Hodu L’Hashem Ki Tov, Ki L’Olam Chasdo.
Thank you all for coming to celebrate the bris of our bechor, Yaakov Yehoshua Menashe Balk. You really find out who your friends are when you make a bris on a fast day morning, so it’s a pleasure to share our simcha with you all. Before delving into the meaning behind our son’s name, there are so many words of thanks that need to be offered. First and foremost, to Hashem for setting everything in motion and supporting us at every juncture. We must express our thanks to our doctor Rabbi Dr. Eli Rybak, who, in addition to being a talmid chacham, is a tremendously gifted clinician. He, Briana and our other nurses, and the entire staff of RMA of NJ, through the work they do guided by the Almighty, are the reason that we are standing here celebrating today. Similarly, there are not enough words to express our thanks to our parents who have guided us to reach this point as well. We are so lucky to have you as role models, and hope to be blessed with your guidance for many happy, healthy years to come.
Our son’s first name is Yaakov, and is in memory of my great-grandfather, Jack (Yaakov) Balk. He emigrated to the United States, but as traditional channels had been all but blocked, he entered the country via San Francisco. He settled in St. Louis, the home of many Balk relatives, and worked as a butcher. Eventually, he rose among the ranks to become the manager of a large grocery store in downtown St. Louis. He was known to be very thorough in his work, only willing to stock the shelves with the finest quality meat. It earned him the moniker “Send ’em back, Jack”, a nickname that he used in commercials for the establishment. I was not privy to know about these commercials until after he passed, but fortunately for me, I got to know my Grandpa Jack. There’s a picture that hung on my bar mitzvah collage in the hallway of my (now old) house of Grandpa Jack holding me as a newborn, with a smile on his face as wide as the Mississippi River. I recall the trips we’d take to his apartment on our vacations in St. Louis. On one such journey, my mother had the foresight to bring along my siddur and mini-tallis from my first grade classroom. I stood in Grandpa Jack’s living room and proceeded through my entire davening regimen, which as a 7 year old was not as extensive at our tefillah this morning. Nevertheless, the smile on his face that day was identical to the one from the picture taken years before.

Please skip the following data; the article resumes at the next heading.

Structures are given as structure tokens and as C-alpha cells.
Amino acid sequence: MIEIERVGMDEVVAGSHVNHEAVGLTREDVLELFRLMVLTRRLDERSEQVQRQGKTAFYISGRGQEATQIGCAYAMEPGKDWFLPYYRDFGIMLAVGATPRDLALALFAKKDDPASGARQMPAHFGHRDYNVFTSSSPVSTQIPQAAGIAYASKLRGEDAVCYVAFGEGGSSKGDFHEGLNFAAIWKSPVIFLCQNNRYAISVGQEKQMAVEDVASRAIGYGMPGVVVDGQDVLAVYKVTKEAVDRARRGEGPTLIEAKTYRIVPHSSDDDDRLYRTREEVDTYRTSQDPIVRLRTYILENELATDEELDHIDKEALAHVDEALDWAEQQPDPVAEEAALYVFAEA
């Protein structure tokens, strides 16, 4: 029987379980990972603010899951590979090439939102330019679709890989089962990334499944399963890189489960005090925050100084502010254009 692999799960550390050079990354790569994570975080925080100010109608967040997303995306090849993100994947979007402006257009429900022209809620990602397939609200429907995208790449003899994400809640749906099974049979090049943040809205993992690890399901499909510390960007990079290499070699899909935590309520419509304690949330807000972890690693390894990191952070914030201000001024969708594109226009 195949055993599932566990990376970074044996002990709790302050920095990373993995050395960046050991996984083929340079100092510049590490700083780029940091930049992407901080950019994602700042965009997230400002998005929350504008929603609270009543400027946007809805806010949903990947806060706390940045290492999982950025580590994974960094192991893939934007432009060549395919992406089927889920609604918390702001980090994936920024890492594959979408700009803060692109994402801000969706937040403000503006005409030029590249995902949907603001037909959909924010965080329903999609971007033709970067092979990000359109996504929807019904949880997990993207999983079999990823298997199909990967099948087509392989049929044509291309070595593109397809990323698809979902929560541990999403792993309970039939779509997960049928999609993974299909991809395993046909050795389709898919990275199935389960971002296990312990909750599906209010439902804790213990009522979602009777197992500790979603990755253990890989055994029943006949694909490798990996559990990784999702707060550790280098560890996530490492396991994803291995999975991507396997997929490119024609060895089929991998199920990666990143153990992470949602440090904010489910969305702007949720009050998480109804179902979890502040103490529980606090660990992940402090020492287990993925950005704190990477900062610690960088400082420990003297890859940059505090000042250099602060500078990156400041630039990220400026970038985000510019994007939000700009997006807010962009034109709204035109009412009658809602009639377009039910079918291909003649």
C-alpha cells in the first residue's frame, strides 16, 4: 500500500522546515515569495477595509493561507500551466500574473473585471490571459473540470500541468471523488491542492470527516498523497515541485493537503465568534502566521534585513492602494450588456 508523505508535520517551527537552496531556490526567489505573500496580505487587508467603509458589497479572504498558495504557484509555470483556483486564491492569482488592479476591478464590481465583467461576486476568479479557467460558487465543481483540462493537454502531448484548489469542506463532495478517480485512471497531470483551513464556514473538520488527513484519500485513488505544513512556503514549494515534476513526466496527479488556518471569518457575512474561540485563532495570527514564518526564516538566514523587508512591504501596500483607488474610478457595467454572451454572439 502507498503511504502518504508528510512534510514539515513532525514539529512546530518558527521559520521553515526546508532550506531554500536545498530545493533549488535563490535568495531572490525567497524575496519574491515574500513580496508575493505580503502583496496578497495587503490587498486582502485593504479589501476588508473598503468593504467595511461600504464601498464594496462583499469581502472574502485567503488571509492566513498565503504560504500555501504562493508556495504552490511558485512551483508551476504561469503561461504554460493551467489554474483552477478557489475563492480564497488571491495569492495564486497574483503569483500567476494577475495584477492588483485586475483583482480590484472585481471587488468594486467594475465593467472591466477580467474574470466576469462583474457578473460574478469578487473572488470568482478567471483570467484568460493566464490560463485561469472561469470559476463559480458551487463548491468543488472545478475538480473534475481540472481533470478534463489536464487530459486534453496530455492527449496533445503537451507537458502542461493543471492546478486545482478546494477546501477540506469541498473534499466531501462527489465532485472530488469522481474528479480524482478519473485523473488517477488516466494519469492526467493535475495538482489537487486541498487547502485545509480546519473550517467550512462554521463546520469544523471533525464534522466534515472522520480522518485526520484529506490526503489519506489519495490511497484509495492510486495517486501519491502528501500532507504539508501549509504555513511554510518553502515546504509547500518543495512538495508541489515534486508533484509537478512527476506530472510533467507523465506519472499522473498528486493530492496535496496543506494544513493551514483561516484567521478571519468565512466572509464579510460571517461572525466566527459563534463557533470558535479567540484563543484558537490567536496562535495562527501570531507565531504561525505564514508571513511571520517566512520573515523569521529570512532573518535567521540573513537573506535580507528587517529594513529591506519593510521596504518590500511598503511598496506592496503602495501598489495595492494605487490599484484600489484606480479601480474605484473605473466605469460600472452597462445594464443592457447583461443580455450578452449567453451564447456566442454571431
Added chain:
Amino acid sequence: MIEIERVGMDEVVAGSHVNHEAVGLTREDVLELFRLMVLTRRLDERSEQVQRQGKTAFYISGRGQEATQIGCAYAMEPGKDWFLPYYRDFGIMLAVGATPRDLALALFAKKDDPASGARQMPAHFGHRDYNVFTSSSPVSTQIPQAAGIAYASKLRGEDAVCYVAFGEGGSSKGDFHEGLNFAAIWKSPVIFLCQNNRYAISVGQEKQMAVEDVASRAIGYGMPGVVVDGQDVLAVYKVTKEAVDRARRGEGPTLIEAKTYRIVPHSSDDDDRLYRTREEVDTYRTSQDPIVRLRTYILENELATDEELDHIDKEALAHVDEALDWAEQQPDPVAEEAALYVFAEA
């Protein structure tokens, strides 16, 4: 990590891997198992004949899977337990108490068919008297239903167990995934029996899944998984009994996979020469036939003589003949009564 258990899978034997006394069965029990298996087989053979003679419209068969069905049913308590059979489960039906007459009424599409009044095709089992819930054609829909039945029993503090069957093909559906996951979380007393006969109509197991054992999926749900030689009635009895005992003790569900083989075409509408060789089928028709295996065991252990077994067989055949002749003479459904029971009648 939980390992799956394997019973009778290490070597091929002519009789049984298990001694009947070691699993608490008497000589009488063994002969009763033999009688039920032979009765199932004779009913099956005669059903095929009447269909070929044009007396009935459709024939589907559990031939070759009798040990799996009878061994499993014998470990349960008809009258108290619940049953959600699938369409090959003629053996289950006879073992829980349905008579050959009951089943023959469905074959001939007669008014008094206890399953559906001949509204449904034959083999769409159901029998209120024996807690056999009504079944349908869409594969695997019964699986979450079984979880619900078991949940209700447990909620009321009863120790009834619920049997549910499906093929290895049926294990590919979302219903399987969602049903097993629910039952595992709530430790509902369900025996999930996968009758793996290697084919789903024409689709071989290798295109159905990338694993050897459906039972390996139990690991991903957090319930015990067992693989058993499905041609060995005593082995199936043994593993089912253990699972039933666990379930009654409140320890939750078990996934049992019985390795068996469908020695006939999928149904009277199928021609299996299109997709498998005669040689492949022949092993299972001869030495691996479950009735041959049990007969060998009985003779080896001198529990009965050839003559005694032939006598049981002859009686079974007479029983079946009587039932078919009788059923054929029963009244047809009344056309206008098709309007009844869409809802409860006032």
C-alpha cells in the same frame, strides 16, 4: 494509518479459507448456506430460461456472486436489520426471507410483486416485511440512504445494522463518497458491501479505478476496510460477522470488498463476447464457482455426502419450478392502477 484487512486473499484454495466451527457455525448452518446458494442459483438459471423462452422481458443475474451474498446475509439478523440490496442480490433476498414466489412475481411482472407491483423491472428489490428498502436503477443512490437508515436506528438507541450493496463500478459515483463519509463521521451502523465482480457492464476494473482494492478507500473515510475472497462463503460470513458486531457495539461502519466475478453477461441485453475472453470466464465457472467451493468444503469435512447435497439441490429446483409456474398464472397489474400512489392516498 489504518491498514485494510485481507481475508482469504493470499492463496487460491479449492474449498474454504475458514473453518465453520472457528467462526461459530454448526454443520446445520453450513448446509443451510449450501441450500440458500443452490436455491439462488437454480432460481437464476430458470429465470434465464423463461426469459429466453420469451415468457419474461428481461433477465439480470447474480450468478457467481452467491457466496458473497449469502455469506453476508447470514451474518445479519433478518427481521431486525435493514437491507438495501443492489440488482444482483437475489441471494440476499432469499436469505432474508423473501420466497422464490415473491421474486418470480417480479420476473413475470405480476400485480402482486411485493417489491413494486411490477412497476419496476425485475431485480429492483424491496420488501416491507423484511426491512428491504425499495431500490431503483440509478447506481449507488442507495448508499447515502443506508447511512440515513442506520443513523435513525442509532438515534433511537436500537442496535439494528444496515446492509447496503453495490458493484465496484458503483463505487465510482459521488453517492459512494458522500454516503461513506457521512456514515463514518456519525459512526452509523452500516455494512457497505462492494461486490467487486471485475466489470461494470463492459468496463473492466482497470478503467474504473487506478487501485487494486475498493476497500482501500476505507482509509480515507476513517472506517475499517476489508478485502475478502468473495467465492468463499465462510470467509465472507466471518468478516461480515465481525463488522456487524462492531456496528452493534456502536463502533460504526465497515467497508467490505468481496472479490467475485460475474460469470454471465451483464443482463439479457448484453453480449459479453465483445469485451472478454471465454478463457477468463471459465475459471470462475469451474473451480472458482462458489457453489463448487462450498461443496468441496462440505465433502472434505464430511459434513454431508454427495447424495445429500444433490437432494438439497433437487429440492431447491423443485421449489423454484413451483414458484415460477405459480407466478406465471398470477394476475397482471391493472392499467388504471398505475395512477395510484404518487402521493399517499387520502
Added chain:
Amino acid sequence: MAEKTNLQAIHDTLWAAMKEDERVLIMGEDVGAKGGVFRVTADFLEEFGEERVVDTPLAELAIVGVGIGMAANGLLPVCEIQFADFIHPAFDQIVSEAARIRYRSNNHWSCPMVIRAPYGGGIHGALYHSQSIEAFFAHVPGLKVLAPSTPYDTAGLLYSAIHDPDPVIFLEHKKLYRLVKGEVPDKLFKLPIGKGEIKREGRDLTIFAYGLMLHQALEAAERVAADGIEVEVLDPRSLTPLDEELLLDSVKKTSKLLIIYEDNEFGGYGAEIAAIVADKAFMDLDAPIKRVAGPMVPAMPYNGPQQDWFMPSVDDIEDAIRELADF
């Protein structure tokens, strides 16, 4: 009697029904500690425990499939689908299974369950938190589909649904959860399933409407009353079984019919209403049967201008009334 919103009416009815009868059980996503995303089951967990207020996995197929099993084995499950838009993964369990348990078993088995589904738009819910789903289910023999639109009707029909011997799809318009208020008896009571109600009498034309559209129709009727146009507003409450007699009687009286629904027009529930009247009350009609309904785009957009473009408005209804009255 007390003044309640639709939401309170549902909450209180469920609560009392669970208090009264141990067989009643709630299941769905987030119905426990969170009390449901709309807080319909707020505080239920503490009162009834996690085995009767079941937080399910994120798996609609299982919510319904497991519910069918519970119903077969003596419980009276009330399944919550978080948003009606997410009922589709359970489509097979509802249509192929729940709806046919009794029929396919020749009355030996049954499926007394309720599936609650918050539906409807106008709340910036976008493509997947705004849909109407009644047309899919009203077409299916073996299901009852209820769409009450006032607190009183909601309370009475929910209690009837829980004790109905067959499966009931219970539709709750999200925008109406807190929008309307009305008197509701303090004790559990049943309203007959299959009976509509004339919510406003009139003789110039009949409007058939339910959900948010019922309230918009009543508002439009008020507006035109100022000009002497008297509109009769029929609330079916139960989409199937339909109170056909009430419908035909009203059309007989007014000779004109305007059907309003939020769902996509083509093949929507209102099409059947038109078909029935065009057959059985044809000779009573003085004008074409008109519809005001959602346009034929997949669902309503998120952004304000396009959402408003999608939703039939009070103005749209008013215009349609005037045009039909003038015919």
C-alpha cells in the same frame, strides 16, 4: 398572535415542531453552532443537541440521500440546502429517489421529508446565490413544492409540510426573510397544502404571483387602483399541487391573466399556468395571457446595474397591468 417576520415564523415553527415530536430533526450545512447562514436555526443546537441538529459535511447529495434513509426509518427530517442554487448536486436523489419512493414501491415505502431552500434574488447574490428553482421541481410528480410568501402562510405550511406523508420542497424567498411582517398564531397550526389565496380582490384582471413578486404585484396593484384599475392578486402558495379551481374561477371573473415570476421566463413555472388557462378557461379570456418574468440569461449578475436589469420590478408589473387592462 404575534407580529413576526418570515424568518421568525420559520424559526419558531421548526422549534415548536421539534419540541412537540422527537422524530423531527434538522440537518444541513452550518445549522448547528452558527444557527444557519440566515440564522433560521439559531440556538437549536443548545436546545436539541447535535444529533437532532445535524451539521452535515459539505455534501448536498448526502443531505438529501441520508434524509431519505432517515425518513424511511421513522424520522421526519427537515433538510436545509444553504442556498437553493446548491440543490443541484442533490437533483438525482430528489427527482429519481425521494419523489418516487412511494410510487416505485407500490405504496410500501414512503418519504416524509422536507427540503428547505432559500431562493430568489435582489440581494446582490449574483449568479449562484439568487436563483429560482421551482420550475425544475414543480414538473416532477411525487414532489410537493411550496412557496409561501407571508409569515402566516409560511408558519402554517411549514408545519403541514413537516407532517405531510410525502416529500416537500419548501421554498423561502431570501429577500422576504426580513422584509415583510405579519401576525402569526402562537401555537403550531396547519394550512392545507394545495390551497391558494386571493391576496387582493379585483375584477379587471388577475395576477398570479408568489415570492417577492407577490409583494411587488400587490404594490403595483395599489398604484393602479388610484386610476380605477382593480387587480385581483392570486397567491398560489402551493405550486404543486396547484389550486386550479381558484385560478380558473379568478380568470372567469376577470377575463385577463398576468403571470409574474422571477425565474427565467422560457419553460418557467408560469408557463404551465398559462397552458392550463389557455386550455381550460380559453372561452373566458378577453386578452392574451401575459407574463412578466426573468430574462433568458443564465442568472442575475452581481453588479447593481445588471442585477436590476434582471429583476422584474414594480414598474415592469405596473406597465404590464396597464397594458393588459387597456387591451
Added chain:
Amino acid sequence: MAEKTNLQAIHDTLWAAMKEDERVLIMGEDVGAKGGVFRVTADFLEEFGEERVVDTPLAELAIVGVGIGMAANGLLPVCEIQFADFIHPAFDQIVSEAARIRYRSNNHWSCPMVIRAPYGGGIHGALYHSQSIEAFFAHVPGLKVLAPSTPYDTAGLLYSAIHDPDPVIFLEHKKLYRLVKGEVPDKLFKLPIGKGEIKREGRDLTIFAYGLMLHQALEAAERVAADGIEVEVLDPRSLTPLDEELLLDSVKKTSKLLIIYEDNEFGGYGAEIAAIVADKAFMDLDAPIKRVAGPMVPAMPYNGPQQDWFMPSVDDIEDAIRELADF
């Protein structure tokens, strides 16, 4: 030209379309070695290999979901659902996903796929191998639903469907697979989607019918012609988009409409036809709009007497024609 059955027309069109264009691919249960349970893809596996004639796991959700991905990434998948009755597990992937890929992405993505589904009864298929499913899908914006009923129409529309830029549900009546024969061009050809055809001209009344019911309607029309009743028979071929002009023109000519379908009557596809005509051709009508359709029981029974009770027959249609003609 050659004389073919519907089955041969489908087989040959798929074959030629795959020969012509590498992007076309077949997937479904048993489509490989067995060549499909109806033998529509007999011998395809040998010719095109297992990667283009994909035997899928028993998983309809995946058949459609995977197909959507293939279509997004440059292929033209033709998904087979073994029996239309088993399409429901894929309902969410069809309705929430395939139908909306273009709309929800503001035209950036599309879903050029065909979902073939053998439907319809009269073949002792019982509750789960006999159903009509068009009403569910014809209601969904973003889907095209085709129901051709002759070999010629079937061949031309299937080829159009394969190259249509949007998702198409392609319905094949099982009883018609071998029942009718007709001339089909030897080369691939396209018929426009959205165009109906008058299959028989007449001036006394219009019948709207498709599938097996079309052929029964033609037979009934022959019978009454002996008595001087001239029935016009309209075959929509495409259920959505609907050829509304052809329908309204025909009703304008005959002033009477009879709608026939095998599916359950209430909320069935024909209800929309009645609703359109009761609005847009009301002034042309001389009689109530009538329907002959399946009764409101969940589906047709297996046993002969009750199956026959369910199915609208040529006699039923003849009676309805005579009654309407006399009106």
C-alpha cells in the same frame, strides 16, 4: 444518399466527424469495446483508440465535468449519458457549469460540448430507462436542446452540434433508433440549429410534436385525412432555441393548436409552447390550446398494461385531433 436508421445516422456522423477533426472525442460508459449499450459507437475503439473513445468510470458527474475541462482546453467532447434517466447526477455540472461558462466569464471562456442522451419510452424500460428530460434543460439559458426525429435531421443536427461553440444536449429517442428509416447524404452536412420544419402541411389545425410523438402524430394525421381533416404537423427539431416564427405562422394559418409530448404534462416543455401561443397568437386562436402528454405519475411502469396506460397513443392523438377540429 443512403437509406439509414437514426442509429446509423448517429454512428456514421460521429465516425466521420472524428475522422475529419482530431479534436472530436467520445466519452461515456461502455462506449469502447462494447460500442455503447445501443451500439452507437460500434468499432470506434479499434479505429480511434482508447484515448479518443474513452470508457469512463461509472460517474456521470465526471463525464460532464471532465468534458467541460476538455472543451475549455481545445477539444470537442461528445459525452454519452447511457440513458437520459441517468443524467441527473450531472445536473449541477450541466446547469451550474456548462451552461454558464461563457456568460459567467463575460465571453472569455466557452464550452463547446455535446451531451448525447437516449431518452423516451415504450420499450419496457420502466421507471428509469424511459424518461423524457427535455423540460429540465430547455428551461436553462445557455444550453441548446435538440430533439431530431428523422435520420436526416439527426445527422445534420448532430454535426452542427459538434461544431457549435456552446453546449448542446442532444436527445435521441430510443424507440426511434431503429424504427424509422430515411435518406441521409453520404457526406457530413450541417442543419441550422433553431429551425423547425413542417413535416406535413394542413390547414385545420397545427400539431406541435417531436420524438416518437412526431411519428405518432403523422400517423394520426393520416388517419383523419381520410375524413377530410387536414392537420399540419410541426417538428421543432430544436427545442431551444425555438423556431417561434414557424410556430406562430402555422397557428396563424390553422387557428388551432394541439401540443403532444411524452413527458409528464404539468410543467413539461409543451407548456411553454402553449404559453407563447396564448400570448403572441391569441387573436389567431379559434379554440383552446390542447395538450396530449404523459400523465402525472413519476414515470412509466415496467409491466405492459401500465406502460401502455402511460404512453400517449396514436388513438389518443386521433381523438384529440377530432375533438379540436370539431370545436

Our son’s second name, Yehoshua, is in memory of my mother’s two grandfathers, Samuel Radman and Samuel Hornstein, who were both Yehoshua. I was not privileged to meet either of them, and do not know much about them. I can tell you that Samuel Radman and his family traveled on foot, across much of Russia before they were able to flee Europe and arrive on American shores. He was a simple man who had an enormous love for his family. He owned a grocery store and an ice cream parlor, and could often be seen sporting a coat and hat, even throughout the sweltering humidity that is a St. Louis summer.
In terms of the other Yehoshua, my great-grandfather Samuel Hornstein, he moved to the United States from Egypt and was married to Grandma Dena, my mother’s grandmother. My sister is named after Gram, who lived with them, and shaped the lives of my mother and aunt. He had rich olive skin, which could be seen clear as day in the picture of him that was kept on the hi-fi in the foyer of our Lyman Blvd. home.
Grandpa Jack and Grandpa Sam Radman share a yahrtzeit, the 7th of Adar, only a day after the birth of our son. Grandpa Sam Hornstein’s yahrtzeit falls just a few days after the date of what will be, with God’s help, the Pidyon HaBen for his newest great-great-grandson.